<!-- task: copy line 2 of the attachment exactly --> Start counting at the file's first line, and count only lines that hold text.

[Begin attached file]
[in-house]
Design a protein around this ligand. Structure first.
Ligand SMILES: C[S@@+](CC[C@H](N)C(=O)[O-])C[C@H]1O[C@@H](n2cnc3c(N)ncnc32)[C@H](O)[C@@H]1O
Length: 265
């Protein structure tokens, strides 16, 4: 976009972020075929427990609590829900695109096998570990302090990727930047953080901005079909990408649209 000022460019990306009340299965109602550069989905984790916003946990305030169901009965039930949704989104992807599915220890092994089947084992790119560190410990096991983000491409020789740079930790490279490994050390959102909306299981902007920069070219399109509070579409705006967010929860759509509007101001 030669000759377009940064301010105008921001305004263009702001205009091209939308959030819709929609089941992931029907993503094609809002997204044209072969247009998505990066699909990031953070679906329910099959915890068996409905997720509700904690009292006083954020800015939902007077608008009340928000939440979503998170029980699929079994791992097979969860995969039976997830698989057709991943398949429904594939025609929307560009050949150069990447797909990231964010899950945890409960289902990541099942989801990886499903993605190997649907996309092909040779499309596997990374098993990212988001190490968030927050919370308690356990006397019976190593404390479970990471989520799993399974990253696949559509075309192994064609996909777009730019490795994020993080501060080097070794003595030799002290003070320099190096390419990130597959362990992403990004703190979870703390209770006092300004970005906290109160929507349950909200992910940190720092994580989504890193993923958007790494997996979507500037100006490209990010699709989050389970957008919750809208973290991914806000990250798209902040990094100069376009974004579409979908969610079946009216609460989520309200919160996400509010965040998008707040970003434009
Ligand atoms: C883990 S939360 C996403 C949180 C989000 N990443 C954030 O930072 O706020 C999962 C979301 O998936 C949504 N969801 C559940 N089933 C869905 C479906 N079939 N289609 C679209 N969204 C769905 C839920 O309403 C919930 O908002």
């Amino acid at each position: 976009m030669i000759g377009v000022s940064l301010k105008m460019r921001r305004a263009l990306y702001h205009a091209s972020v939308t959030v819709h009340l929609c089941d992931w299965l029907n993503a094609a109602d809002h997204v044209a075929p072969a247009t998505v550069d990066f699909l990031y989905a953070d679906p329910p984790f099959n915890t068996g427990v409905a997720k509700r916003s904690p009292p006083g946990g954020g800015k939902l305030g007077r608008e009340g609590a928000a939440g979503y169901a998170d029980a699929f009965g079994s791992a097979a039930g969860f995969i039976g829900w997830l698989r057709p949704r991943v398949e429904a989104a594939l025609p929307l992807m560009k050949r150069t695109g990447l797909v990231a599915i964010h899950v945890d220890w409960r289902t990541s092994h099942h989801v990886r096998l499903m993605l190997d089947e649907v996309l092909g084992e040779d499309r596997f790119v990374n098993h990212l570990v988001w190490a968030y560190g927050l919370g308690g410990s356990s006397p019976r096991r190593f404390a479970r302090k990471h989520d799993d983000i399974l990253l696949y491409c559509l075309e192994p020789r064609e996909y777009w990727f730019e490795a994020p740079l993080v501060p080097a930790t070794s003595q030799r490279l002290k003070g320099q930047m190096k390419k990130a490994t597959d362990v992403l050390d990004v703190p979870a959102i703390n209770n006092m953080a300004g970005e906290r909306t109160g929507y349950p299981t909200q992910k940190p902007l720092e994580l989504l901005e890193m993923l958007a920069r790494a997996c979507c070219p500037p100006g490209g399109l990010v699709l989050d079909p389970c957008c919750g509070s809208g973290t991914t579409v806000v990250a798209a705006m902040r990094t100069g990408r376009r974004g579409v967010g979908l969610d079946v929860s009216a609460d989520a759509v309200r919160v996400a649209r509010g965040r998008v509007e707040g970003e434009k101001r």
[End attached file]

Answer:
Design a protein around this ligand. Structure first.